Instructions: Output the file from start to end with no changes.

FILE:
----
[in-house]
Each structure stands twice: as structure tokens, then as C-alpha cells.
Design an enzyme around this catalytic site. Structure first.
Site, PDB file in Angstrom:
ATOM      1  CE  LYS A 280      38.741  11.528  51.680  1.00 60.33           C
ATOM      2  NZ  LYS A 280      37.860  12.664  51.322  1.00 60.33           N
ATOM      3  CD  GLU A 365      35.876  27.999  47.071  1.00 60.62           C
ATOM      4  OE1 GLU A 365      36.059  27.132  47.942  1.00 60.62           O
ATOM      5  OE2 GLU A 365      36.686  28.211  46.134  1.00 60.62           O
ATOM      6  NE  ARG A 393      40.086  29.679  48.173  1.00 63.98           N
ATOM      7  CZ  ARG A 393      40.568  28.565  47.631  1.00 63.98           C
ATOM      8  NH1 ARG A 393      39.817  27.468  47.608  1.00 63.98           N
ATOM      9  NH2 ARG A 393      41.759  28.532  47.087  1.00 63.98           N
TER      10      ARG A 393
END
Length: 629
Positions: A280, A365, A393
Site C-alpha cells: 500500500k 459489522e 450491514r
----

[in-house]
Each structure stands twice: as structure tokens, then as C-alpha cells.
Design an enzyme around this catalytic site. Structure first.
Site, PDB file in Angstrom:
ATOM      1  CE  LYS A 280      38.741  11.528  51.680  1.00 60.33           C
ATOM      2  NZ  LYS A 280      37.860  12.664  51.322  1.00 60.33           N
ATOM      3  CD  GLU A 365      35.876  27.999  47.071  1.00 60.62           C
ATOM      4  OE1 GLU A 365      36.059  27.132  47.942  1.00 60.62           O
ATOM      5  OE2 GLU A 365      36.686  28.211  46.134  1.00 60.62           O
ATOM      6  NE  ARG A 393      40.086  29.679  48.173  1.00 63.98           N
ATOM      7  CZ  ARG A 393      40.568  28.565  47.631  1.00 63.98           C
ATOM      8  NH1 ARG A 393      39.817  27.468  47.608  1.00 63.98           N
ATOM      9  NH2 ARG A 393      41.759  28.532  47.087  1.00 63.98           N
TER      10      ARG A 393
END
Length: 629
Positions: A280, A365, A393
Site C-alpha cells: 500500500k 459489522e 450491514r